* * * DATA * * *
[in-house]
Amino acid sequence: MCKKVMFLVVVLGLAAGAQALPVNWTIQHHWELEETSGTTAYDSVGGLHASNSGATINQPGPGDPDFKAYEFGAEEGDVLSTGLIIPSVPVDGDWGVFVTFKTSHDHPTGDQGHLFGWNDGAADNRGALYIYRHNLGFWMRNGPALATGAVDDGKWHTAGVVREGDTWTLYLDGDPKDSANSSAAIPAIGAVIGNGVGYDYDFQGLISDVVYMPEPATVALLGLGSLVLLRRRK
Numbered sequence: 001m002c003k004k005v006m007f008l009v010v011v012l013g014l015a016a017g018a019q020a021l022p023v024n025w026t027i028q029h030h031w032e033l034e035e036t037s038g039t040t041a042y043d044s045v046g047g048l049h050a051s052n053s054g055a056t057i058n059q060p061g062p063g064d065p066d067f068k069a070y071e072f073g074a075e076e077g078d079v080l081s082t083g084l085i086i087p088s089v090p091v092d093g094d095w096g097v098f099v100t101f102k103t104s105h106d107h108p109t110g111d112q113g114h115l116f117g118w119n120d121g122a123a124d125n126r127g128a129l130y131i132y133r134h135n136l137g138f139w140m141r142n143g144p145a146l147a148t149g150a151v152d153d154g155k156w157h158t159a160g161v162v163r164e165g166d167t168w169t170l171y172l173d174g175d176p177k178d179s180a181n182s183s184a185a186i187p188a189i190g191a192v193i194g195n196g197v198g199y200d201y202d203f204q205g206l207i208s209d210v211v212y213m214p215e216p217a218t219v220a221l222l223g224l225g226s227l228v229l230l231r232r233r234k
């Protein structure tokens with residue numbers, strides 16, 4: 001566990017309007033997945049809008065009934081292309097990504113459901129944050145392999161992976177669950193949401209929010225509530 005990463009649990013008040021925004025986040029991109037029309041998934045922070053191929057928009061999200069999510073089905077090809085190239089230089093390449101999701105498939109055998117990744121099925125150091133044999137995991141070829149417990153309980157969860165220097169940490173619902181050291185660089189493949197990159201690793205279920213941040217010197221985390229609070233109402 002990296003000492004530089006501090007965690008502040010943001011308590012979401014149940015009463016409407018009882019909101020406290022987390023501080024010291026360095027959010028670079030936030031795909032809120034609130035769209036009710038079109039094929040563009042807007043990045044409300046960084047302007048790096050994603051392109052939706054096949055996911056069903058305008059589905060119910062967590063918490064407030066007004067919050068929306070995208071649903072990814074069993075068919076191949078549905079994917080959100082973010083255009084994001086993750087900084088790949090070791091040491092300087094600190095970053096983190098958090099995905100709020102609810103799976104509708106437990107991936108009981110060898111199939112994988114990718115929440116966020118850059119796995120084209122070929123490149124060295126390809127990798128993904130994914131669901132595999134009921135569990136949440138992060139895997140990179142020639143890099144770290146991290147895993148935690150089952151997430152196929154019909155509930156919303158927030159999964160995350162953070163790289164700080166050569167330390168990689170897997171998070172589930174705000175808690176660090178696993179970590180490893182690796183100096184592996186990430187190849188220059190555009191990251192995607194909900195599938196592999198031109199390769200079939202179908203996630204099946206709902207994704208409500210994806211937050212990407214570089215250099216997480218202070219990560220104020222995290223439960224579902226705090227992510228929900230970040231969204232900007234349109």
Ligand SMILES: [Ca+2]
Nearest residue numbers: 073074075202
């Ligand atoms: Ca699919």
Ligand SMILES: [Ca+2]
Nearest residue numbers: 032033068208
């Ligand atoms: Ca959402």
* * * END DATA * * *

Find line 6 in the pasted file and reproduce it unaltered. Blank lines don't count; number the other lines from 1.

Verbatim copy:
Nearest residue numbers: 073074075202